Friday Waypoints- 5/3/19

Lessons from My Clients

Mindfulness can help. I am working with several teenagers and my hope is that I can give them tools to help them live life skillfully. Mindfulness can help. I often think that if I can come up with the perfect combination of words for my clients, then they’ll listen and get better. But of course, it’s not that simple. Brandon is a 16-year old adolescent that is struggling with OCD behaviors. I’m learning that Mindfulness helps when words don’t. I’m helping him retrain his anxious brain through deep breathing and mantras. I’m learning that my anxious brain needs some retraining as well. I need reminded again and again. Thank you, Brandon.

Book I’m Reading- “Self-Compassion,” by Kristin Neff Ph.D.

I was introduced to this book while listening to some lectures about mindfulness. What struck me, is the sense of disappointment that hangs over many of our heads. Maybe this is an echo of the voices from our past. Regardless, we are usually our harshest critic.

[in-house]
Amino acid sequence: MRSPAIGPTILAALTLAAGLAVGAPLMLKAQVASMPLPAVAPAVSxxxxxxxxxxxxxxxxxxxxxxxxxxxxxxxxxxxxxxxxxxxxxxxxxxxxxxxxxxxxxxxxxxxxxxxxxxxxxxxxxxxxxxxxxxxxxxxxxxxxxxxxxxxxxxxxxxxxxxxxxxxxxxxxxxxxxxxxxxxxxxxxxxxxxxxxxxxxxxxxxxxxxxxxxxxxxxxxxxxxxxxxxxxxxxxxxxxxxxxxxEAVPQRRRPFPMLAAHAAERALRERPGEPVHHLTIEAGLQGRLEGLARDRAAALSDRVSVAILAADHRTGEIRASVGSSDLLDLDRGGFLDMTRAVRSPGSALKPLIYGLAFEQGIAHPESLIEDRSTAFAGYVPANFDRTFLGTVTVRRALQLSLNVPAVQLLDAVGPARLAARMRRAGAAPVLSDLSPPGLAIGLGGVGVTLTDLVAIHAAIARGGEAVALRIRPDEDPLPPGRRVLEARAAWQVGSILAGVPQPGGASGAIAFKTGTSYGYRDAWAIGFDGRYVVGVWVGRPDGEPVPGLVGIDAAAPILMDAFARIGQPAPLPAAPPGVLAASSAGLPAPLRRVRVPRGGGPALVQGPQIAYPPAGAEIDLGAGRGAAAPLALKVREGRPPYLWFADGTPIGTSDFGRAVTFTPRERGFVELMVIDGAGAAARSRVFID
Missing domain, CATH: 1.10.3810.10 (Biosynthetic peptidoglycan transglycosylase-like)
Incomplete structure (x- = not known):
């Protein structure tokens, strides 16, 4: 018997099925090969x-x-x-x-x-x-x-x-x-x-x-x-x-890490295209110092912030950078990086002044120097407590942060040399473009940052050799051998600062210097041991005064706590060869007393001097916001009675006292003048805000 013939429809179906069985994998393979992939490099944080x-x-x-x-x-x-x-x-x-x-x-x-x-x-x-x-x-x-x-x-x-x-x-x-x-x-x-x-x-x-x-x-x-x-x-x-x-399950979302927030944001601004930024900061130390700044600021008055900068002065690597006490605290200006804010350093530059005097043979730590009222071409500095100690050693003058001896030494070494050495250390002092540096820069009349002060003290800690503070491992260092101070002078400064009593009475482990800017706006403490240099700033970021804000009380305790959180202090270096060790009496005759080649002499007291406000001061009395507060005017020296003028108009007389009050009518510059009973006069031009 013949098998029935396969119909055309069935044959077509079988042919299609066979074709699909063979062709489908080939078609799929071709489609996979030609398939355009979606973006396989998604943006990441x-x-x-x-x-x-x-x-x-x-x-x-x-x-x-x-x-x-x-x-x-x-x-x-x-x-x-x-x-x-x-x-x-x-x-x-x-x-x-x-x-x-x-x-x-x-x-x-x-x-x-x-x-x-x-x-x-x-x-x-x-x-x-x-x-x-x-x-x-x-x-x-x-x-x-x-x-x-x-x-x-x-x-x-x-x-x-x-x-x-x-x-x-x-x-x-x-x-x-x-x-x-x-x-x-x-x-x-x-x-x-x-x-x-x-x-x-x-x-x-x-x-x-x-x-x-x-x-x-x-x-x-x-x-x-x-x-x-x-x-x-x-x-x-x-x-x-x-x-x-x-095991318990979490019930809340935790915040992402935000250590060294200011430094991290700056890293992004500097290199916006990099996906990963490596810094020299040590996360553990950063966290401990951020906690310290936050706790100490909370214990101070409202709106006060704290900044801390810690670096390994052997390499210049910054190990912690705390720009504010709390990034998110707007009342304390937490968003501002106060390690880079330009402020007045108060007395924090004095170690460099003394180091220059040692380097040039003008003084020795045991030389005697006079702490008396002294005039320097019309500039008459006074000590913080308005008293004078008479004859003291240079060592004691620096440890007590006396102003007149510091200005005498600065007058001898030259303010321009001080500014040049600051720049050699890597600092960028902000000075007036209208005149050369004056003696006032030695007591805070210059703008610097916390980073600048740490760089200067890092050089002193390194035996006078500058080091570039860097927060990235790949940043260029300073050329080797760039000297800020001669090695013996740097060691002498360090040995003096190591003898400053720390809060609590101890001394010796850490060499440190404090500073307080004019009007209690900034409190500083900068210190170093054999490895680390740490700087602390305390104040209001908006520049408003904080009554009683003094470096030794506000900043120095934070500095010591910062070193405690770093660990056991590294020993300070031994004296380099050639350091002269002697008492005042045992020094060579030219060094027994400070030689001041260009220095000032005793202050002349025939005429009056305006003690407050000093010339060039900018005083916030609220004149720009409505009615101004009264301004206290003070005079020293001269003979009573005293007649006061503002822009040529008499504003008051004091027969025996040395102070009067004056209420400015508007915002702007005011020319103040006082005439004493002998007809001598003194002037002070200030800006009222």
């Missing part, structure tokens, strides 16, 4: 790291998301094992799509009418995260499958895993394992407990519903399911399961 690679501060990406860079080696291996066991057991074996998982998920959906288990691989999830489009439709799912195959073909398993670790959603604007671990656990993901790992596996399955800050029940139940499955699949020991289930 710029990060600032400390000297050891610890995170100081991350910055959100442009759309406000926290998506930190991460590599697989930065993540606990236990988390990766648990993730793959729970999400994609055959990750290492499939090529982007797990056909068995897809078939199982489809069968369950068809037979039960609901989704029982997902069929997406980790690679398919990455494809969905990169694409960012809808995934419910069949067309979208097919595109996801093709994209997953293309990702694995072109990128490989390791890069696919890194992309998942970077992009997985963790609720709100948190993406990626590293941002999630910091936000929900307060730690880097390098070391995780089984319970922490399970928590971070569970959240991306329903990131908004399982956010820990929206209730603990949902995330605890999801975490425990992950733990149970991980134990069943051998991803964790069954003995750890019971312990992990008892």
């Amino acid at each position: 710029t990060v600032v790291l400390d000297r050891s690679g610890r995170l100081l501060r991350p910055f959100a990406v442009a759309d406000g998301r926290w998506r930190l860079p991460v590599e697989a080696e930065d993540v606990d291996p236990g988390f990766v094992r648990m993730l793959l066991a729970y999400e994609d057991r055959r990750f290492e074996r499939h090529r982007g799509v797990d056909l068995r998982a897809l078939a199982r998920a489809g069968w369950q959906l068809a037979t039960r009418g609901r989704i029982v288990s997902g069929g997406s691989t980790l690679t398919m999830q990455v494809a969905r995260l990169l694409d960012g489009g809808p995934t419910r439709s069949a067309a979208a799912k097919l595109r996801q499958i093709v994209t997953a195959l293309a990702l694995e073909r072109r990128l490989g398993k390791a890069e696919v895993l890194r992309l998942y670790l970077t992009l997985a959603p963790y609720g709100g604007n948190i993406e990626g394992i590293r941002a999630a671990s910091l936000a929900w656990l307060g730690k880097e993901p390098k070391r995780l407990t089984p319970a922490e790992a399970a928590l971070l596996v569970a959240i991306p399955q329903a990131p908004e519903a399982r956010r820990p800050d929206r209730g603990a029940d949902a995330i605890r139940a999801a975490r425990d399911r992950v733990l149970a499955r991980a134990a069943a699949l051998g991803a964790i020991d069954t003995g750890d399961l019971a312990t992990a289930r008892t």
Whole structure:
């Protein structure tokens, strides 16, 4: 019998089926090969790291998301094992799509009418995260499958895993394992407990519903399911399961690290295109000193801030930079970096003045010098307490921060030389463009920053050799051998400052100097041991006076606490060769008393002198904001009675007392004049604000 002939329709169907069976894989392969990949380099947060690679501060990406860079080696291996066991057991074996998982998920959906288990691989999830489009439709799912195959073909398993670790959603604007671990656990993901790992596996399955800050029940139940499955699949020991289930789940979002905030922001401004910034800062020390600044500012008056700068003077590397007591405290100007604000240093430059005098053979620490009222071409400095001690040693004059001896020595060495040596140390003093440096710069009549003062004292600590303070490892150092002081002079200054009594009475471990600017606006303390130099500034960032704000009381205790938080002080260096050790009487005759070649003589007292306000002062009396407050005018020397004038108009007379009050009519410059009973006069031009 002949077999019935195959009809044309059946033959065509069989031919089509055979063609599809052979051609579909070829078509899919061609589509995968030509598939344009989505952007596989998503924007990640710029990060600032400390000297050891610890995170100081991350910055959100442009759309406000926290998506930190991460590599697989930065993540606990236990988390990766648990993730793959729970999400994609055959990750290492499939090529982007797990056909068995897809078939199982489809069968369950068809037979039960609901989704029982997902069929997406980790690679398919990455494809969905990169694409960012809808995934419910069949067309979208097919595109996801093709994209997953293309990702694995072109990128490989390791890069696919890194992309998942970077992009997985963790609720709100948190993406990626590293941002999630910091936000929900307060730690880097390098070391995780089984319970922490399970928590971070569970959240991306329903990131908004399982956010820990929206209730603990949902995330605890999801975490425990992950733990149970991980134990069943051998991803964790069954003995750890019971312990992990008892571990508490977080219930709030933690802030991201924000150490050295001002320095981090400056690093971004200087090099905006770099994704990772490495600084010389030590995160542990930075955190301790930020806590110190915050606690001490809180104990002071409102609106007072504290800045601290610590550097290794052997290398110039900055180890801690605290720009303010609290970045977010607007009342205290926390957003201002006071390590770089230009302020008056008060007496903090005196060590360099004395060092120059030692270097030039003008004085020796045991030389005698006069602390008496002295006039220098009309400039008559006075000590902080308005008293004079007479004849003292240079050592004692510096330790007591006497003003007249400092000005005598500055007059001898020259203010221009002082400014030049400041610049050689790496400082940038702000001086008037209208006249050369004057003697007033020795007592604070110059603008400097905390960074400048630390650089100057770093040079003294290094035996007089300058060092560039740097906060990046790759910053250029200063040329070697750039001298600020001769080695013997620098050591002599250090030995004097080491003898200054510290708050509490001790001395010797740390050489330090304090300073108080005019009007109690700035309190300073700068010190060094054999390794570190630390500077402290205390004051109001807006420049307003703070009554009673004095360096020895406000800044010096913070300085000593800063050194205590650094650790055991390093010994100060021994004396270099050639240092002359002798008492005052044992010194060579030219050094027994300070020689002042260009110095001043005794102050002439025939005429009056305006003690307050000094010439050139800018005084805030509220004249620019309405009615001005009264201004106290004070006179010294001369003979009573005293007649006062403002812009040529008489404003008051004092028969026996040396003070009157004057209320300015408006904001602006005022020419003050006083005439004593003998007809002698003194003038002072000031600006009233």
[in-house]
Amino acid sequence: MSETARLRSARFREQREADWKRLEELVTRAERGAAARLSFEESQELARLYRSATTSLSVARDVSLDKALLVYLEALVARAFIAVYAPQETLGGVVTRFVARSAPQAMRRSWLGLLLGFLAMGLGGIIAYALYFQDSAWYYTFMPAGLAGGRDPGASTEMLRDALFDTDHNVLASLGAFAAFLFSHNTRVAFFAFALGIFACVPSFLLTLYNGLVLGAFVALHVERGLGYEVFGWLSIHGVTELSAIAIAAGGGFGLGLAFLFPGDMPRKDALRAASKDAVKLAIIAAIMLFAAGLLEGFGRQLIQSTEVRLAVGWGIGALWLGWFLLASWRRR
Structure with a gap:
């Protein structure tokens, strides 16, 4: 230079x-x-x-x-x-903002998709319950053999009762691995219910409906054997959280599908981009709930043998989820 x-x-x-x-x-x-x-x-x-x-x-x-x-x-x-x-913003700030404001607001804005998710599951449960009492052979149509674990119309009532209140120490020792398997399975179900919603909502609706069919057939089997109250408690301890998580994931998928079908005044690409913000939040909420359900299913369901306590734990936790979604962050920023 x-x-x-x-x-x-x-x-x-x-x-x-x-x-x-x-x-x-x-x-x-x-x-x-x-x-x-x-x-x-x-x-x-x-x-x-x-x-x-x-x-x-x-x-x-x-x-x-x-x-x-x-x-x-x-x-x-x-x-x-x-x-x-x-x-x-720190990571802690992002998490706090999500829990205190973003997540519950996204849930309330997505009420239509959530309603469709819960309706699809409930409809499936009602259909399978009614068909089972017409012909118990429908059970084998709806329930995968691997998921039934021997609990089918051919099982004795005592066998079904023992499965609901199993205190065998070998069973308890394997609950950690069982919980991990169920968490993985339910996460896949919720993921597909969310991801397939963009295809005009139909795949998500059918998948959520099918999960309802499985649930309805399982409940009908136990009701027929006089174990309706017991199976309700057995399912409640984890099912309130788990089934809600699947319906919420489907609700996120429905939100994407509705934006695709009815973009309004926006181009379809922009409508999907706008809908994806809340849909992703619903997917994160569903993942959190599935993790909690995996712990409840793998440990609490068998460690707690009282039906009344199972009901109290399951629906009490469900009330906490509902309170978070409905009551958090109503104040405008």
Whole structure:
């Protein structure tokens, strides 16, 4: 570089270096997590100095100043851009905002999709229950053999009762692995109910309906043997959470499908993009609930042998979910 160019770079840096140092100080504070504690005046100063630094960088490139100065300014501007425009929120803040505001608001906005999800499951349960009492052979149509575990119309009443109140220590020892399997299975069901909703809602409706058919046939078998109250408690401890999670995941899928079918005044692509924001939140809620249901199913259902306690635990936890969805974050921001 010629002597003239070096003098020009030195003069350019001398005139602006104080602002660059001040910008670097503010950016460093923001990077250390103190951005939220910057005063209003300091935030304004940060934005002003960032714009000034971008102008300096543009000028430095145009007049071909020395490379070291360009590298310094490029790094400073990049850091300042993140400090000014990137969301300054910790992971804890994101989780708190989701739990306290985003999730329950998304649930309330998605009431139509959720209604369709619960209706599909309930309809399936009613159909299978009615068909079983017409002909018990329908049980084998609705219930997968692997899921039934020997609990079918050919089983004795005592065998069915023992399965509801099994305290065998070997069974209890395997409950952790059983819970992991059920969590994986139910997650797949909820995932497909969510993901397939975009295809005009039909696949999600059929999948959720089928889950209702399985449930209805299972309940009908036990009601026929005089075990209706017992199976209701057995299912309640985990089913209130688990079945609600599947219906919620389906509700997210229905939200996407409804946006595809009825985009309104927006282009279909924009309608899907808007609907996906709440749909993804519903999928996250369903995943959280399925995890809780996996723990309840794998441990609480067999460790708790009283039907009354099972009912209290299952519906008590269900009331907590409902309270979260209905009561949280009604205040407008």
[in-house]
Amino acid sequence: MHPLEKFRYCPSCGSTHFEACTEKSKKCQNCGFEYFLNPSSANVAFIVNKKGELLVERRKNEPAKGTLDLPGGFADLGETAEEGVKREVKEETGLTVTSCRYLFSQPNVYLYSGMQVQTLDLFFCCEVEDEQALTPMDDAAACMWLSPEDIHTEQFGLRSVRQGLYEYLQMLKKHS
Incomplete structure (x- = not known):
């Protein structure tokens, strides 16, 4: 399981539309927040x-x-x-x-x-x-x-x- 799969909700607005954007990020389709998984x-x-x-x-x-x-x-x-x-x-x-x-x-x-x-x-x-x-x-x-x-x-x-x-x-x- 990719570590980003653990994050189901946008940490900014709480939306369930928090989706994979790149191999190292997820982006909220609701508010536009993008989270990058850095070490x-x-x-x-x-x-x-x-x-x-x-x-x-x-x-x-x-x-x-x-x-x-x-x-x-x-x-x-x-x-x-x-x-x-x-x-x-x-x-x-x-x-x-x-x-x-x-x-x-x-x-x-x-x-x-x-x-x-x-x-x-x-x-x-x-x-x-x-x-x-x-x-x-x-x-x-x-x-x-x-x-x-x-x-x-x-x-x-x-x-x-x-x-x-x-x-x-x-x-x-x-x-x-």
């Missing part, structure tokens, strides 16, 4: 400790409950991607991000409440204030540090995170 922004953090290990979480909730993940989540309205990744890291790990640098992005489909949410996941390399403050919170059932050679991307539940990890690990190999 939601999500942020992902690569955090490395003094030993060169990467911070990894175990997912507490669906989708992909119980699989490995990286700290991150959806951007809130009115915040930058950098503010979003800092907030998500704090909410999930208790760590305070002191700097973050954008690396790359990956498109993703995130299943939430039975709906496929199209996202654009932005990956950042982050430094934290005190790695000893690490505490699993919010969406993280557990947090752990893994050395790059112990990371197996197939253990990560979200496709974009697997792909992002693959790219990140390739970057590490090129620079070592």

Self-compassion is the remedy for self-judgment. “Insecurity, anxiety, and depression are incredibly common in our society,” writes Neff, “and much of this is due to self-judgment, to beating ourselves up when we feel we aren’t winning in the game of life.”

Quote I’m Pondering

“You can search throughout the entire universe for someone who is more deserving of your love and affection than you are yourself, and that person is not to be found anywhere. You, yourself, as much as anybody in the entire universe, deserve your love and affection.”


Road Trip This Week

I’m in Colorado this week visiting my granddaughters. I drive out once a year just to experience the road. It keeps my grounded. I love the convenience of flying, but I need the experience of driving. I use the time to listen to books, podcasts, and music. And I use the time to think. There is something in the hiking world called “Trail Dissociation.” If you’ve done a long hike or backpack trip, you know what I mean. Your mind wanders. The same thing happens when I do a road trip. I think and think, and think about lots and lots of things in no particular order or fashion. It is like meditation and I feel like it’s a “reset.” My body pays for the long trips but my mind reaps the benefits!